The Circle of Cash Flow: A Review of Disney’s “The Lion King” (2019)
*Last week we published a blog from Chuck Guth about how much he enjoyed The Lion King remake. Here is a counter point of the new film from staff writer Dan Fisher! Two varying opinions, but we cover all sides! Enjoy! -M
I’ve been on board with most of the recent run of Disney remakes. I’ve even reviewed a few of them for this site. Here’s a brief synopsis of my thoughts on the remakes so far, in no particular order:
Beauty and the Beast: A magnificent, heartfelt re-telling of the story as old as time. The best of the bunch so far.
The Jungle Book: Didn’t see it. I haven’t seen the original either, for that matter.
Cinderella: Perfectly fine, but nothing to write home about.
Mary Poppins Returns: Let’s face it. It’s not a sequel, it’s a remake. But, a remake made by a cast and crew to whom the original clearly meant the world.
Aladdin: Will Smith at his Will Smith-iest. Other than that, the movie is pretty mediocre.
Which brings us to The Lion King (2019). Let’s start with the good, though to be honest, there isn’t much.
The film is beautifully animated. The animation teams clearly spent a great deal of time making sure the animals moved and sounded as true to life as they possibly could, and their hard work paid off.
The supporting voice cast was excellent from top to bottom. Chiwetel Ejiofor (Scar), John Kani (Rafiki) and Florence Kasumba (Shenzi) give fine performances, though I personally missed Jeremy Irons. John Oliver (Zazu) seems a bit on-the-nose choice to replace Rowan Atkinson. But Oliver does a fine job anyway, even if it’s the same act he does on his show “Last Week Tonight” (albeit with less rage and profanity). But as in the original film, it’s Seth Rogen (Pumba) and Billy Eichner (Timon) who steal the show. Their humor provides the movie’s best moments (including a hilarious nod to another Disney classic), and their effortless humanity brings some light to an otherwise grim story. Nothing needs to be said about James Earl Jones. The man’s a national treasure.
Jon Favreau didn’t do what many directors would have. He didn’t rock the boat. Some of the sequences in this film match the original frame for frame. That’s fine, as the original is clearly one of Disney’s greatest films. But Favreau could, and should, have taken a tougher look at the new film. Some of those similar/same sequences just don’t hold up in the new version of the film, particularly those that are supposed to be more “suspenseful”. Without giving anything away, those particular scenes don’t have the same impact in the new film as they do in the original. It isn’t simply that we know how those scenes how to resolve; they just aren’t scary. Africa should feel dangerous on some level, even in a children’s film.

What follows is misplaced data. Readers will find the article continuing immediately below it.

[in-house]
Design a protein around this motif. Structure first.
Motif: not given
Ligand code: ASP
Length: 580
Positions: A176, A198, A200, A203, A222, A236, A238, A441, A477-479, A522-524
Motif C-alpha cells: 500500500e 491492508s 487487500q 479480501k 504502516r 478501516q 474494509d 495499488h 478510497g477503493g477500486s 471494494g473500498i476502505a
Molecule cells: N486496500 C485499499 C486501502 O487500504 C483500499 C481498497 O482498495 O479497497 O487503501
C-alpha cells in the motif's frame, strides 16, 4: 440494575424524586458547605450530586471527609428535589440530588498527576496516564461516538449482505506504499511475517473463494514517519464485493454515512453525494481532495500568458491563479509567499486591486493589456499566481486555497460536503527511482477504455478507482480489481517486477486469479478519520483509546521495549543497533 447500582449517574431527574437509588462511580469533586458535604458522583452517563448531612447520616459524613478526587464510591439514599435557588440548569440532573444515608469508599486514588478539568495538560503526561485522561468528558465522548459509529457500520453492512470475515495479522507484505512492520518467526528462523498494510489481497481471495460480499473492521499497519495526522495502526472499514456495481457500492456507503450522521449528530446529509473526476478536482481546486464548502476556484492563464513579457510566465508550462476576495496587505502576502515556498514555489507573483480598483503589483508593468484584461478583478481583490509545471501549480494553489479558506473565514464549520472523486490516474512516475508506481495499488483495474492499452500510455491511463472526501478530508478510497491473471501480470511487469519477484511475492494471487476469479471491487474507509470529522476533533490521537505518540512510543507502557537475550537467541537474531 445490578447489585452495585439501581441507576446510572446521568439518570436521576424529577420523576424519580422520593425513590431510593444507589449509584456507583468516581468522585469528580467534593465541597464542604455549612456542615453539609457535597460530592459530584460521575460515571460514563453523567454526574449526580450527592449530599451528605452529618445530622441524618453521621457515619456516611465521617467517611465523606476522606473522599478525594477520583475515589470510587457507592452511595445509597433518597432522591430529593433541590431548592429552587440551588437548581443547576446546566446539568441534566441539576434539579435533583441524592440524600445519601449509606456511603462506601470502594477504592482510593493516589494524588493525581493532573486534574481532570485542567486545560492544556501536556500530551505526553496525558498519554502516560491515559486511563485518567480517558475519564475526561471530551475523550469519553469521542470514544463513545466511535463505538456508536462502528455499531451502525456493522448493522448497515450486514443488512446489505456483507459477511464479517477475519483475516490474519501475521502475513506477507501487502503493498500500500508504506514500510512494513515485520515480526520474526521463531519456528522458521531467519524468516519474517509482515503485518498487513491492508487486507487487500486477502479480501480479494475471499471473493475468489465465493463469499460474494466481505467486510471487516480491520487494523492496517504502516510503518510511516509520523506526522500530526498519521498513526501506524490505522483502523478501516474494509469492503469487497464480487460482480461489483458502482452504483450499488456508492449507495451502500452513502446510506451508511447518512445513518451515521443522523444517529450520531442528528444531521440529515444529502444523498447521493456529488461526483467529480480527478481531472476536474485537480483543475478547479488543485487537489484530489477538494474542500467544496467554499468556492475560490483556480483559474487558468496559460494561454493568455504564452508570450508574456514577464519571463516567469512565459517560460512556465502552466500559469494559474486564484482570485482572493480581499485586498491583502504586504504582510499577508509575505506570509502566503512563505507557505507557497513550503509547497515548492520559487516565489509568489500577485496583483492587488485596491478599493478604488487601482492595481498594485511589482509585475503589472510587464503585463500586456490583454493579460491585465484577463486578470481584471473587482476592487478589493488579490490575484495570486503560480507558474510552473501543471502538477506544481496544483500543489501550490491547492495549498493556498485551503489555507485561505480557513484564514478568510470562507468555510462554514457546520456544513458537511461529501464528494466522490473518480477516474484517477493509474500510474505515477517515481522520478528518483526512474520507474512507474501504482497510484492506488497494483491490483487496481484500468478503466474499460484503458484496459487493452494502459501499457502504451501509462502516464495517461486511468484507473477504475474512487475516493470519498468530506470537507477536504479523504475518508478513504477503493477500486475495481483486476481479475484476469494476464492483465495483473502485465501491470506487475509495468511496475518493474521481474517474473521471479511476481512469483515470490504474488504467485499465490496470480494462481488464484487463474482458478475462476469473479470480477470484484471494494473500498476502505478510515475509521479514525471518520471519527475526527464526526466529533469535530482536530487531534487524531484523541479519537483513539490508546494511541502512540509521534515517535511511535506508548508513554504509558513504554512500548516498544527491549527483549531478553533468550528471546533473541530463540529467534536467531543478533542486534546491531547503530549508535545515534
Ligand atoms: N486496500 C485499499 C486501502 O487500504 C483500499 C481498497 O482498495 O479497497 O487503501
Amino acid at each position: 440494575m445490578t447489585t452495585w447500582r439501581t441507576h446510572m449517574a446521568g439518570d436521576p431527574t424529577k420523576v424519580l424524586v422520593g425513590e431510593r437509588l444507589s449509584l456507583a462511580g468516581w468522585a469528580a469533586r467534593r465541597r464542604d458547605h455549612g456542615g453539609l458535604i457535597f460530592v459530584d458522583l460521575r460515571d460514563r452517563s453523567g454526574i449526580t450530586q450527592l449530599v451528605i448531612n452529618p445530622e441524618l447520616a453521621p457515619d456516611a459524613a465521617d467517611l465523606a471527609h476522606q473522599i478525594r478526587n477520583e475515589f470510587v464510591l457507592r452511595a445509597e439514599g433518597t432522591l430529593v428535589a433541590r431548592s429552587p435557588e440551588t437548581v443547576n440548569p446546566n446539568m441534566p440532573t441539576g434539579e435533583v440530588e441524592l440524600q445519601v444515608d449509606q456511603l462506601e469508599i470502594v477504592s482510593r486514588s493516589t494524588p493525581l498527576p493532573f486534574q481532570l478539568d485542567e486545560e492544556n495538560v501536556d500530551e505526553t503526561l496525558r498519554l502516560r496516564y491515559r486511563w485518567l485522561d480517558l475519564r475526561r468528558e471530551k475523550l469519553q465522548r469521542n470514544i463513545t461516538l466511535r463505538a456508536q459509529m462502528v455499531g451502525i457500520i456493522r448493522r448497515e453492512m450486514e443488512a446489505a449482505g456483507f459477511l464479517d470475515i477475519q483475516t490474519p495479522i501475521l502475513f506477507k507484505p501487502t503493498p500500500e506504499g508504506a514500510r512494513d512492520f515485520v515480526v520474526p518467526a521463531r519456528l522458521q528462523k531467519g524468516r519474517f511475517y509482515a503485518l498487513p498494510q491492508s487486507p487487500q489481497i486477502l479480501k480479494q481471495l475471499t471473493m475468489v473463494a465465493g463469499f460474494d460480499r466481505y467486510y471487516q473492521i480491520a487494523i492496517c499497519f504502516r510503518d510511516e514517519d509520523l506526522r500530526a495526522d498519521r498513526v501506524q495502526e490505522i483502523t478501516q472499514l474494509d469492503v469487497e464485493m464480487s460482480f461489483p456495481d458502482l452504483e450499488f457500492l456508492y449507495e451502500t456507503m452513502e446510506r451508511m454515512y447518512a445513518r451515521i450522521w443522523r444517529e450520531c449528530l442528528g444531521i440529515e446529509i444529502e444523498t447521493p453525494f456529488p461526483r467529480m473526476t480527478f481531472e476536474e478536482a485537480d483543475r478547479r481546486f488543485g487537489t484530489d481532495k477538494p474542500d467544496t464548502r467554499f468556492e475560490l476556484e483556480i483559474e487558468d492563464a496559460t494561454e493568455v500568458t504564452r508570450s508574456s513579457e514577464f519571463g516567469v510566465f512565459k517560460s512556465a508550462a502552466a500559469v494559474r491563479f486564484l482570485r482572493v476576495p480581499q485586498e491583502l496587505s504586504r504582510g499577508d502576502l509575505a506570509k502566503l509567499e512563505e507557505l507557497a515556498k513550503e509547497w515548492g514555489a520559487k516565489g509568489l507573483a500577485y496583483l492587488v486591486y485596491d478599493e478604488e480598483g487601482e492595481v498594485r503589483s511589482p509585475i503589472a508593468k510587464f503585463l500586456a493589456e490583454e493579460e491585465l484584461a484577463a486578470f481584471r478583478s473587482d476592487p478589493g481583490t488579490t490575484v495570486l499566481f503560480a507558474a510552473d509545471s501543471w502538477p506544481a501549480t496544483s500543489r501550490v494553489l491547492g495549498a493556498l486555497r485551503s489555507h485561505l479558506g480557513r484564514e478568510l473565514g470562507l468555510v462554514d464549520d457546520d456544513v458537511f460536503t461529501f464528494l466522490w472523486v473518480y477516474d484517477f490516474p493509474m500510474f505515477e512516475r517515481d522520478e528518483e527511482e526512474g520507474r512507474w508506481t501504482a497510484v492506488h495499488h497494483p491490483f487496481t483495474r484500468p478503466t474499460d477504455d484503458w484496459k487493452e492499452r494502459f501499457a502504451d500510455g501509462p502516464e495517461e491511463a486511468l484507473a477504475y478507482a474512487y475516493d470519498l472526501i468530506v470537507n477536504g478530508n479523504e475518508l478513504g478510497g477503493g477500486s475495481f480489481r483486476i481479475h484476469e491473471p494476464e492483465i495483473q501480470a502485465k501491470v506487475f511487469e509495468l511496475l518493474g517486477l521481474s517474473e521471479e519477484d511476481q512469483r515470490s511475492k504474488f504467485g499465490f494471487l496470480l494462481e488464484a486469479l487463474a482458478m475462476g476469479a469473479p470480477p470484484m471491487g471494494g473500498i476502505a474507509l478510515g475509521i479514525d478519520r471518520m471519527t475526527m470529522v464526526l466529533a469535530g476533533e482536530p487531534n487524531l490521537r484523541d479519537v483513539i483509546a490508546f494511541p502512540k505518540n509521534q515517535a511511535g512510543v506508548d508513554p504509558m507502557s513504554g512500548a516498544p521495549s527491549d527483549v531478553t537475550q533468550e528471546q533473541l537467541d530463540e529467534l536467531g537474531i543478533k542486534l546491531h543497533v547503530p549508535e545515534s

Music is the hallmark of any Disney film, and the original Lion King is certainly no exception. With talents like Sir Elton John, Hans Zimmer (who won an Oscar for the original film) and Tim Rice, it’s hardly surprising, either. But the changes made to the music felt extremely uneven.
“Circle of Life” seemed unchanged, which was great, as it sets the stage for the entire film. But “Be Prepared” was gutted, reduced to something more akin to a soliloquy than a musical number. “Hakuna Matata”, ever a fan favorite, was rearranged to match the talent at hand; a larger part given to Simba, and a smaller part for Pumba. Yet it lacked the bounce and vivacity of the original recording.
“Can You Feel the Love Tonight?” is the film’s pivotal moment. It begins Simba’s path back to Pride Rock, heralding the film’s final chapter. I’ve written before about my deep respect for Donald Glover and his enormous talent, and I stand by those words. But in a scene where he should shine (as the lead), he is completely and utterly overpowered by Beyoncé Knowles-Carter. Now, this may have been a conscious choice on the part of the crew. Perhaps, like the crew of “Aladdin”, they felt that women were underrepresented in the film’s musical numbers and wanted to rectify that. Perhaps it was in Beyoncé’s contract that her vocals be mixed at a higher volume, in order to drive sales for her next album. Perhaps the vocals were recorded simultaneously and she just sang louder. Whatever the reason, the end result is a powerful disappointment. Also, the song is called “Can You Feel the Love Tonight?”, yet the entire scene takes place in daylight.
Speaking of our leading lions, they were probably the biggest disappointment of the film. Donald Glover’s voice acting performance (as opposed to his singing) was soft-spoken to the point of being timid, which is probably the last word anyone would ever use to describe a male lion. As for Beyoncé, she’s what people in sports would describe as a “generational talent” in music. She failed, in my opinion, to bring heart and feeling to her character. The original was much better.
All in all, I feel that sometimes once is enough, and a reboot isn’t necessary. This movie is chance for a Disney to strike up the nostalgia of the first film by getting 40-something’s to take their children out for the afternoon.
I have higher hopes “Mulan” will live up to the promise it shows.
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